Camp Fire Usa
Camp Fire USA is a national youth organization that offers leisure-time education and recreation programs to all girls and boys from preschool through twelfth grade. The aim of the organization is to assist girls and boys in preparing for adult life through gradually more complex experiences.
Camp Fire USA's programs are designed to be youth-centered and fun but with serious learning goals, such as fostering tolerance, building friendships and relationships with adults, developing a sense of family and community, and providing service to others in need. Unlike many youth organizations, Camp Fire programs do not segregate boys and girls. All clubs and activities are coeducational. The four program levels of Camp Fire USA are: Starflight for boys and girls from kindergarten through second grade, Adventure for children in third through fifth grades, Discovery for children in sixth through eighth grades, and Horizon for boys and girls in ninth through twelfth grades. Each year some 200 Camp Fire members are named Wohelos, the organization's highest honor.
Most Camp Fire clubs include eight to twenty members who meet at least once a week after school, in the evenings, or on weekends. Each club is lead by one or more adult volunteers. At meetings members may play games, sing and dance, learn crafts, and explore nature. Camp Fire clubs also visit interesting and educational places and take camping trips. Older members engage in community-service activities, such as visiting homes for senior citizens, serving food at a homeless shelter, or tutoring younger children.
Camp Fire USA sponsors special self-reliance and community-service classes. These include I'm Safe and Sure, to teach children in kindergarten and first grade about home safety and family responsibility; Count on Me Kids, to teach children in kindergarten through second grade about alcohol and drug prevention; I Can Do It! to teach second and third graders about safety and nutrition; I'm Peer-Proof, to teach fourth through sixth graders how to build friendships and resist negative peer pressure; I'm Taking Care, to teach fifth and sixth graders how to care for younger children; and A Gift of Giving, to teach kindergarten through sixth-grade children to identify community needs and get involved in worthwhile community-service projects.
Camp Fire clubs are actively involved in teen leadership development. Every two years Camp Fire USA organizes a Youth Leadership Forum, during which hundreds of Horizon members gather to discuss issues of importance to society. In 2001 the forum addressed violence and how to combat it. Camp Fire teenagers also spend time exploring career possibilities.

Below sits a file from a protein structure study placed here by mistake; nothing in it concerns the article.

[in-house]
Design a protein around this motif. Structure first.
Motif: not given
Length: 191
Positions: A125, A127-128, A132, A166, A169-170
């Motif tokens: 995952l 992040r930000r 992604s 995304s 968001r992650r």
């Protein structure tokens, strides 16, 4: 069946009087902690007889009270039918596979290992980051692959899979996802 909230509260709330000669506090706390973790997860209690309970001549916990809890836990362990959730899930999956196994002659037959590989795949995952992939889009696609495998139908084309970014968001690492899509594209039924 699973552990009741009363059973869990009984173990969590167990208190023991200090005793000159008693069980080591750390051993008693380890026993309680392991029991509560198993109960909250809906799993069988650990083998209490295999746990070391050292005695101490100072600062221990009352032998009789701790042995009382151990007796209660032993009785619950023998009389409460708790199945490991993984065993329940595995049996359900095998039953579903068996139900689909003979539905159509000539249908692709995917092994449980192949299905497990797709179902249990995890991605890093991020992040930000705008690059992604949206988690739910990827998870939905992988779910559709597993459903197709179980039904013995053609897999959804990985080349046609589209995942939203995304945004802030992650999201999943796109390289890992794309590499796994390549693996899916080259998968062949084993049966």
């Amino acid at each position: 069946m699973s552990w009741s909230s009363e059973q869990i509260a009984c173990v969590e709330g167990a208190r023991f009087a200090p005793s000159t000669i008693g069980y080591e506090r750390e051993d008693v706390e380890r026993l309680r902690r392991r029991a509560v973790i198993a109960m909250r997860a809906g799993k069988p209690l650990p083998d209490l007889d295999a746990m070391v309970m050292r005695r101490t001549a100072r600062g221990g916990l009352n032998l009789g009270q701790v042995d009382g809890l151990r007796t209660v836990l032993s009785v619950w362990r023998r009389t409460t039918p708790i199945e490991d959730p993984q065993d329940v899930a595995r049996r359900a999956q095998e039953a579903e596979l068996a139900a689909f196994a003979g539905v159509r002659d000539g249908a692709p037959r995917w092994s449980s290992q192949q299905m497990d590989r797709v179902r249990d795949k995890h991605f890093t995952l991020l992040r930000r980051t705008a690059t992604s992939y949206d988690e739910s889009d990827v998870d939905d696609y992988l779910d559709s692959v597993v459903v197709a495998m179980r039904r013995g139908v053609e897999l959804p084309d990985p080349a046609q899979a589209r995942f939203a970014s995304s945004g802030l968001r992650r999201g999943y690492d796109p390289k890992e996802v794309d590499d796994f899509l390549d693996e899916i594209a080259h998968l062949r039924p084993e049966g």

Camp Fire programs are carried out by 120 Camp Fire USA councils serving over 650,000 boys and girls annually in forty states and the District of Columbia. Each council oversees the work of numerous local clubs. Camp Fire USA has a national executive director and policymaking body called the National Council. Representatives from the regional councils serve on the National Council.
Camp Fire USA accepts members without regard to race, gender, socioeconomic status, disability, sexual orientation, or religious affiliation. Most boys and girls who participate in Camp Fire programs are between the ages of five and eighteen. They are guided by adult volunteers and are sponsored by individuals and by civic, religious, fraternal, educational, and other organizations. Financial support is derived from membership in the United Way, private and corporate donations, the sale of official merchandise, program fees, and membership dues. The organization also raises funds though its annual fundraiser, the Camp Fire candy sale.
Camp Fire Girls was founded in 1910 by Luther Gulick, a medical doctor, and his wife, Charlotte. It was the first nonsectarian organization for girls in the United States. The organization began including boys in 1975 and changed its name to Camp Fire Boys and Girls to emphasize the coeducational nature of the programs. The organization changed its name to Camp Fire, Inc., in 1984. By 2001 boys accounted for 46 percent of Camp Fire membership.
In 1999 the organization adopted a new mission statement: "Camp Fire builds caring, confidant youth, and future leaders." In 2001 the organization changed its name to Camp Fire USA and launched a major image-awareness campaign, which included television, radio, and magazine spots designed to educate the public about the value and mission of Camp Fire programs.
ALLEN, MARTHA; BUCKLER, HELEN; FIEDLER, MARY; and SCHAUMBURG, RON, eds. 1980. Wo-He-Lo: The Camp Fire History. Kansas City, MO: Camp Fire, Inc.
CAMP FIRE USA. 2002. <www.campfireusa.org>.
JUDITH J. CULLIGAN
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